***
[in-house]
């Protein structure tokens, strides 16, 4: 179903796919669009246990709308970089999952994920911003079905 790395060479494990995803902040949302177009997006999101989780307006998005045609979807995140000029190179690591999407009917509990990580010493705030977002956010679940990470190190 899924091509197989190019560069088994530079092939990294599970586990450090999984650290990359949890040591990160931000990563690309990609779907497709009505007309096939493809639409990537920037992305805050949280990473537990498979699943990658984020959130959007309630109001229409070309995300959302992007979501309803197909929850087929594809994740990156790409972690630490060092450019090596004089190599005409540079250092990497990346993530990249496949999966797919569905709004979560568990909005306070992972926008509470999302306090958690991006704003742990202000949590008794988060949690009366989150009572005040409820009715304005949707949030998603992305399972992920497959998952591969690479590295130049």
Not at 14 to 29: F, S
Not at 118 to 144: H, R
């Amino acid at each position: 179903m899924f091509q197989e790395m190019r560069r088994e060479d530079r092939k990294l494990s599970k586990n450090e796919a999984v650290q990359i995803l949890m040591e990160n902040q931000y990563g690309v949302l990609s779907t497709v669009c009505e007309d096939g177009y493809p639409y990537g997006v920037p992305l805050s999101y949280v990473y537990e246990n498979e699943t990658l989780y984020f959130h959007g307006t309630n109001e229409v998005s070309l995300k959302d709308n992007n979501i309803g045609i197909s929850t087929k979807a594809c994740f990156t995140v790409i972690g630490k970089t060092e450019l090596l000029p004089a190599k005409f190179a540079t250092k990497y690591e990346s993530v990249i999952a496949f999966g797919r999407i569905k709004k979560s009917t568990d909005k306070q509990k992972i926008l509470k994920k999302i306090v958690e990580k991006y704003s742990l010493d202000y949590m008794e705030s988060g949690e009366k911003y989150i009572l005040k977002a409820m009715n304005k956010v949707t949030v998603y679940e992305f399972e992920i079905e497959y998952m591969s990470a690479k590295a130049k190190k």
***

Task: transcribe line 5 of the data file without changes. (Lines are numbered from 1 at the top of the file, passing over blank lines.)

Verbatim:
């Amino acid at each position: 179903m899924f091509q197989e790395m190019r560069r088994e060479d530079r092939k990294l494990s599970k586990n450090e796919a999984v650290q990359i995803l949890m040591e990160n902040q931000y990563g690309v949302l990609s779907t497709v669009c009505e007309d096939g177009y493809p639409y990537g997006v920037p992305l805050s999101y949280v990473y537990e246990n498979e699943t990658l989780y984020f959130h959007g307006t309630n109001e229409v998005s070309l995300k959302d709308n992007n979501i309803g045609i197909s929850t087929k979807a594809c994740f990156t995140v790409i972690g630490k970089t060092e450019l090596l000029p004089a190599k005409f190179a540079t250092k990497y690591e990346s993530v990249i999952a496949f999966g797919r999407i569905k709004k979560s009917t568990d909005k306070q509990k992972i926008l509470k994920k999302i306090v958690e990580k991006y704003s742990l010493d202000y949590m008794e705030s988060g949690e009366k911003y989150i009572l005040k977002a409820m009715n304005k956010v949707t949030v998603y679940e992305f399972e992920i079905e497959y998952m591969s990470a690479k590295a130049k190190k």